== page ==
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The name of the modern borough comes from the original village that was founded there in 1423 on German law. The right to locate a village there was granted to certain Stechar and Johann Sommerstein. The latter gave his name to the settlement of Sommersteinshof. With time the name got polonized to Zamarstynów, a name that ultimately became also ruthenized (ukrainianized) to the modern "Zamarstyniv". Until the 16th century the village belonged to the city of Lviv (then called Lwów) as one of its suburbs. It was not until 1615 that the city finally repaid its debts and Zamarstyniv once again became municipal property. Surrounded by rich turf deposits, Zamarstyniv also provided the nearby city with wood, fruits and vegetables. However, it was pawned to one of the burghers (Zebald Worcel), who in turn sold it in 1567 to Mikołaj Sieniawski, a notable member of the Polish-Lithuanian gentry, magnate and the Field Hetman of the Polish Crown. On February 11, 1695 the village was pillaged by the Tartars, who burnt to the ground a local manor belonging to one of Lviv's counsellors Dominik Wilczek.
Following the partitions of Poland the village, along with the rest of Galicia, became part of Austria-Hungary. By then the demand for turf dwindled and Zamarstyniv's residents became impoverished. No longer able to provide the town with goods, the village was sold into private hands in the early 19th century. Since then the settlement grew to become a residential suburb. In 1890 it had 3,379 inhabitants, including 3,257 Poles, 47 Germans and 44 Ukrainians.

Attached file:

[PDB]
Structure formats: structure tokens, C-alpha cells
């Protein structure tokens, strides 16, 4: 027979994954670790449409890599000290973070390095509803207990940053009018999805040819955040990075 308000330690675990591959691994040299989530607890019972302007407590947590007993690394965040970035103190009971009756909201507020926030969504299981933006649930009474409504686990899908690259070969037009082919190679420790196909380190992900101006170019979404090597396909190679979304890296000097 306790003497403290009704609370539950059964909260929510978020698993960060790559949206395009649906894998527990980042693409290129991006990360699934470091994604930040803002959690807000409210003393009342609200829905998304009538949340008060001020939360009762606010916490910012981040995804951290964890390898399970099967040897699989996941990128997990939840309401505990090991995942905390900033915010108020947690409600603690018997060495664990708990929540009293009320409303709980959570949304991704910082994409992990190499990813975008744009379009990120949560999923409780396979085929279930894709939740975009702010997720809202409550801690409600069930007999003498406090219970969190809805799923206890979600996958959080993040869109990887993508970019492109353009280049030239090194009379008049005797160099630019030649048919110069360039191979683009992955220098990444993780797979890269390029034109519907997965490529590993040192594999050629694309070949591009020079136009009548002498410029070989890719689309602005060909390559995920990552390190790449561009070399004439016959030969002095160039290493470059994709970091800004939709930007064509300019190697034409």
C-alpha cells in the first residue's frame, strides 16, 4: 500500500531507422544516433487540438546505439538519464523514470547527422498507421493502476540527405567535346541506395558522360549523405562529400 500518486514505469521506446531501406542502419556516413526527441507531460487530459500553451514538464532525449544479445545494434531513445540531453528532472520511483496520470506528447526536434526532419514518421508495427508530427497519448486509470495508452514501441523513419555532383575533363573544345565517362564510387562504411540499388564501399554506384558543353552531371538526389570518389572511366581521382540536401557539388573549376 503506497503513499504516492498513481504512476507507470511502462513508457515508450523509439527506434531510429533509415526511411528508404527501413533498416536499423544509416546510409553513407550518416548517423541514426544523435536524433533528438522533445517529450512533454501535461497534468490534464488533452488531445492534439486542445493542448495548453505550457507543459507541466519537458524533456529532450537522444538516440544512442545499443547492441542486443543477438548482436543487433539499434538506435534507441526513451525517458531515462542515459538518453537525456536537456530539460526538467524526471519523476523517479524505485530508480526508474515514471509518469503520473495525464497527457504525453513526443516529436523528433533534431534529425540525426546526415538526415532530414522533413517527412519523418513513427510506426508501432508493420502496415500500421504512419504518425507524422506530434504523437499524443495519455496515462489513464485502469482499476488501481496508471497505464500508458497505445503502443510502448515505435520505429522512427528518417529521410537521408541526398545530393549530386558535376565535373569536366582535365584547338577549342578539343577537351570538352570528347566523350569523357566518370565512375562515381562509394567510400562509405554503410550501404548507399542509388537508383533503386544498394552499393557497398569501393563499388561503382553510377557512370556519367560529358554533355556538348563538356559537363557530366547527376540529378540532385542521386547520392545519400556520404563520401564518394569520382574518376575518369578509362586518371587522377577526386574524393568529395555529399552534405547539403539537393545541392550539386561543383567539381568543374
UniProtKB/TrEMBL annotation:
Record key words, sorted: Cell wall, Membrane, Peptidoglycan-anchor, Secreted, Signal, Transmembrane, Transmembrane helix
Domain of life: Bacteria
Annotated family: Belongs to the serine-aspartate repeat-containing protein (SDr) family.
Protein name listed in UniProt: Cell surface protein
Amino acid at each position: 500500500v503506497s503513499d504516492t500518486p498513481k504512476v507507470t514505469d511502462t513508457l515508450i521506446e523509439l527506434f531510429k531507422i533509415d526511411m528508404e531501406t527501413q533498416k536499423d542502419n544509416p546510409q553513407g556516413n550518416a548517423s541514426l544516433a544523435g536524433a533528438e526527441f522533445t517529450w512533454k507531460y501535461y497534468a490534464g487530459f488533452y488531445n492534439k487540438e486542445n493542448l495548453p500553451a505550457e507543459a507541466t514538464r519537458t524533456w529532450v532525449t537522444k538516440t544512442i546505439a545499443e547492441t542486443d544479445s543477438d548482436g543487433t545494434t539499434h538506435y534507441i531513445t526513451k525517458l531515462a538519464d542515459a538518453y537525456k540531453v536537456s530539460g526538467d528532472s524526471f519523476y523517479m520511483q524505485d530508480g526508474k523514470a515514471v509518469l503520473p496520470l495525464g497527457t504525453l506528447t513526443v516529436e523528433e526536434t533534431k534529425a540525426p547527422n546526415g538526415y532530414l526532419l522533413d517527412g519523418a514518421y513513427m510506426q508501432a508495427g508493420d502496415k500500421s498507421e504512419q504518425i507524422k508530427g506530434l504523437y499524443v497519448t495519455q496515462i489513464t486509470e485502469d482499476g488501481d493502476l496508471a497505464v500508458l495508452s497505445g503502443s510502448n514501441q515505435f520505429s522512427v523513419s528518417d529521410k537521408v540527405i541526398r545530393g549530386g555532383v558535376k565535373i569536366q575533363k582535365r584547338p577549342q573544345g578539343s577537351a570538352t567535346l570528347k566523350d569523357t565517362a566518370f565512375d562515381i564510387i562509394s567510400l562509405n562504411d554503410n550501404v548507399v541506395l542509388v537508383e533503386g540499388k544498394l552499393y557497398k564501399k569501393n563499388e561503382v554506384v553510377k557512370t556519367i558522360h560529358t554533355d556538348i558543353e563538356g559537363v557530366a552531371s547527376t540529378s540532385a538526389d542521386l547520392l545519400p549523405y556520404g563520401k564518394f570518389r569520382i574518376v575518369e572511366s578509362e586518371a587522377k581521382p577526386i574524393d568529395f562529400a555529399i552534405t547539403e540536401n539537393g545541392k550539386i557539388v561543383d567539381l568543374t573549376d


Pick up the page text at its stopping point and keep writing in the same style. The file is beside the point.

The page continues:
During the Battle of Lviv of 1918 heavy fighting between Polish and Ukrainian forces took place in the vicinity of the suburb. The village ultimately ended up in Polish hands. It continued to grow and by the mid-1920s it had almost 12,000 inhabitants, including 6000 Poles, 3500 Jews and 2500 Ukrainians. Finally in 1930, it was directly incorporated into the nearby city of Lviv as one of its boroughs. Despite the population boom, the suburb retained its reputation of a borough of criminals and paupers for the rest of the 1930s. Out of newly erected buildings only three were worth being mentioned in a 1937 guide to Lviv: the Greek Catholic St. Paraskeva's church, the Roman Catholic St. Martin's church and a J. A. Baczewski vodka and liquor factory built there. Between 1934 and 1939, a large primary school was built there, as well as a large swimming pool. Around that time, the Polish Army also built a central military prison for south-eastern Poland, which was later converted by Soviets into a political prison.
Following the Soviet takeover of the city of Lviv after the Nazi-Soviet Pact and the invasion of Poland of 1939, the Soviets organised a political prison in Zamarstyniv. After the start of the German-Soviet war most of its inmates were murdered by the retreating NKVD. Following the German takeover of the city in 1941 a Jewish Ghetto was organised there. Out of more than 130,000 Jews incarcerated there, most were ultimately deported to concentration camps at Bełżec and Janów Lubelski and by 1943 the ghetto was completely liquidated.
After the war, the city became part of Ukrainian SSR and the Zamarstyniv suburb was rebuilt, this time mostly as an industrial area with some residential functions retained by the southern part of the borough. Since 1991, it has been a part of independent Ukraine.